This year, the Mamaroneck School Board Selection Committee chose one candidate for each of the three vacancies on the School Board. No news there. Uncontested elections are the norm to help shield the elections from political excess. The committee chose current board president Robin Nichinsky, along with Melany Gray and Roger Martin, who have volunteered in the schools but who have never been on the board.
But a fourth candidate has emerged—in the first contested school board election since 2006—after gathering the 49 signatures it took to get his name on the ballot. It’s the “right thing to do,” said Gatti, of his unsanctioned run. “What the committee might decide is best for the village is not necessarily right; you have 30 to 40 people at most making the decision.”
Though the committee, “felt that the other three had more experience in the community…but experience in the private sector is not a disadvantage to serving the public.”
During an hour-long forum hosted by the League of Women Voters and broadcast live on live on Monday evening, moderator Alice Bloom asked the group a series of questions, starting with Nichinsky, sitting on the far left, then rotating among the other candidates.
Bloom asked how candidates would respond to and prioritize the desires of constituent groups like Fields for Kids, a local organization that raises money for safe and updated playing fields.
Gatti responded that the job requirement of being on the board requires members to juggle various special interests, however, financial restraints will make decisions more difficult, he said, predicting sobering times in the next five to ten years unless flexibility can be built into the budget.
Although, “one of the hardest things about being on the board is understanding what the community wants," said Gray, she believes that the board has done a good job providing a forum for minority voices.
Next, the moderator noted the recent flap over outsourcing the district’s transportation department, and asked if there were other ways to tighten up expenditures without compromising the quality of education.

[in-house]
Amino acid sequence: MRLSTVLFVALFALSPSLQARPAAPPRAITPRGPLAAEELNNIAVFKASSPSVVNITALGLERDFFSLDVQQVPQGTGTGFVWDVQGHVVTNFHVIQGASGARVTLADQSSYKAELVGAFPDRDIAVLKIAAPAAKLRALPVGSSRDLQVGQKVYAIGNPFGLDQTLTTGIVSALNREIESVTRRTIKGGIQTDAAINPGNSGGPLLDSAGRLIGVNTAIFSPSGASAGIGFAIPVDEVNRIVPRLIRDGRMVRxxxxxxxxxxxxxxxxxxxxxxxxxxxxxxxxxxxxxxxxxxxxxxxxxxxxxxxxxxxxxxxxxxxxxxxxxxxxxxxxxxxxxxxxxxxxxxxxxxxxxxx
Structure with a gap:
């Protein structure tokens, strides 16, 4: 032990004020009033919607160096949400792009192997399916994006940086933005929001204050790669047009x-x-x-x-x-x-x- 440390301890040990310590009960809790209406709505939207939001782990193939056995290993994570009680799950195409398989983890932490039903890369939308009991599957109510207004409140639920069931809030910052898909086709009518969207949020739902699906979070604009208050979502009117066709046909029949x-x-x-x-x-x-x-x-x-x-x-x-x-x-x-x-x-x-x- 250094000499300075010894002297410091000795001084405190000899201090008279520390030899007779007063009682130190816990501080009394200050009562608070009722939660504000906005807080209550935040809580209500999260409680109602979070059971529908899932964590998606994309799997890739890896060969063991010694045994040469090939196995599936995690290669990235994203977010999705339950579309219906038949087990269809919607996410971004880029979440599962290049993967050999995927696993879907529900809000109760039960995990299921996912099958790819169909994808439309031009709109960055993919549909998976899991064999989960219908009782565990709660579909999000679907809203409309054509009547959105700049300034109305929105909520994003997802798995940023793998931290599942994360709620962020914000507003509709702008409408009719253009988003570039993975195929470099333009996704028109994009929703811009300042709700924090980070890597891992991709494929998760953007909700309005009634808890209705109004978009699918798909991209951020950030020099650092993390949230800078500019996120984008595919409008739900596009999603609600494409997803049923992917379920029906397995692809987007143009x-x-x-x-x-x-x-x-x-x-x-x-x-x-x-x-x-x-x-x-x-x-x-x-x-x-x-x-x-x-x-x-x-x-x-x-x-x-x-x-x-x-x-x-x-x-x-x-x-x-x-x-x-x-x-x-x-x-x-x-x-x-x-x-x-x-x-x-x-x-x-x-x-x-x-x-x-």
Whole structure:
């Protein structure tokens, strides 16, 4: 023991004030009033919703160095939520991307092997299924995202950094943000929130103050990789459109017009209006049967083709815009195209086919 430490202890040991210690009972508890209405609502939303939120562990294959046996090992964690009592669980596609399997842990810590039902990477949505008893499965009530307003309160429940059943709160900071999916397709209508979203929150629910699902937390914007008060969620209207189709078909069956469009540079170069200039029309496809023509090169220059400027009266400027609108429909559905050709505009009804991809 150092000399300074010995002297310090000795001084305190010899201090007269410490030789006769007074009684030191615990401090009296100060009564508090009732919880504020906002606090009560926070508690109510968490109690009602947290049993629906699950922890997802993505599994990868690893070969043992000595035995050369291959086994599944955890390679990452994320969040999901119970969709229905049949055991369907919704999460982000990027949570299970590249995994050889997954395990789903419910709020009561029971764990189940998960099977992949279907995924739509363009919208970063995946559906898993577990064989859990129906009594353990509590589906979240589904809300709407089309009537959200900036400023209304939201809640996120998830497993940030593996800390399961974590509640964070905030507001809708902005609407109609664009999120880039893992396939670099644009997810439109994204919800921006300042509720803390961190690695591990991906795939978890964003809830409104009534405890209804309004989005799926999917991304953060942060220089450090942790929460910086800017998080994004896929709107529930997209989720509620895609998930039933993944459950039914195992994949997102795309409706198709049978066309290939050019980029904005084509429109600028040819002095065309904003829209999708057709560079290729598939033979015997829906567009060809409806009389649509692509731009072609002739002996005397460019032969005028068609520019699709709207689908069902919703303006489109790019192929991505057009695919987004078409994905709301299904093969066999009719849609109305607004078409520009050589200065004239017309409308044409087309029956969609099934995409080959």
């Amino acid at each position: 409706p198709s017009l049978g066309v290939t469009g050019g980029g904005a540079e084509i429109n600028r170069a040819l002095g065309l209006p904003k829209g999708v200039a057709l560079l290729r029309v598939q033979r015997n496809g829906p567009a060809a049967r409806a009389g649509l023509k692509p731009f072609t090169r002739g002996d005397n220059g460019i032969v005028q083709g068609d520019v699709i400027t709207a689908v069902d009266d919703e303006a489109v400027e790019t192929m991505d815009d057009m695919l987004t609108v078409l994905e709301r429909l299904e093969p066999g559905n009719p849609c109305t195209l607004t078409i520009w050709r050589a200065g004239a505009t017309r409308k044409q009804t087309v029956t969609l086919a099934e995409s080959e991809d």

Although all the seemingly obvious cuts have already been made, said Gray, one additional area for reevaluation could be teacher’s contracts, with the district already seeking more flexibility from faculty members.
Also responding, Martin said that the only good thing about a financial crisis is that it forces people to, “think creatively how to deliver education more effective and efficiently.”
Nichinsky replied that although the board had saved $2 million by eliminating 56 positions and installing new energy efficient heating systems that saved $80,000 in the last few years, Albany’s tax cap mandate, declining state aid, unfunded mandates and soaring pension and health care costs would remain significant challenges to any savings achieved by cost-cutting measures.
Acknowledging that a lot of the “low hanging fruit” had already been plucked, Gatti said that the non-discretionary portion of the budget that goes to infrastructure and personnel would be the force that would drive up taxes, pointing to the importance of negotiations with the teacher’s union.
A lively discussion ensued regarding teacher assessments and the role of student test scores.
Martin said that “most reasonable teachers would say they should be evaluated” but that just doing it through test scores is untenable and that the degree of public disclosure of teacher ratings is an important issue, since teachers would be the sole profession in the nation that would have their job performance reviews made public.
Nichinsky agreed that teachers expect to be held accountable and the district has instituted a new evaluation system that has to be revised under state statute. She also raised the issue of tenure, claiming that there’s too little time under the process to fully evaluate teachers up for tenure.
Taking a middle of the road approach, Gatti urged a compromise between test scores and the superintendent, staff and students’ knowledge of what goes on in the schools.
Gray urged that evaluations not be used in a punitive way, but to help teachers improve, though she acknowledged the difficulty of measuring classroom effectiveness through objective measures.
Bloom, the moderator, raised the issue of attempts on a national level to revise the core curriculum.
Arguing for a limited federal role in the schools, Gatti said that the, “community is best served by having the flexibility to decide our own curriculum.”
Gray said that the common core is close to what already exists in Mamaroneck and that no matter what the lesson plan, success in the classroom is predicated on excellent teaching.
Martin spoke about the active learning trend on college campuses, which get away from the “sage on a stage” model of education that seeks to get students involved in their own learning. He saw little evidence of the new approach on the secondary level.
Nichinsky said that teachers seemed to like the common core since it delves into more detail and avoids superficialities.
Voting for the Mamaroneck School Board, the school budget and an infrastructure bond issue will take place on May 15.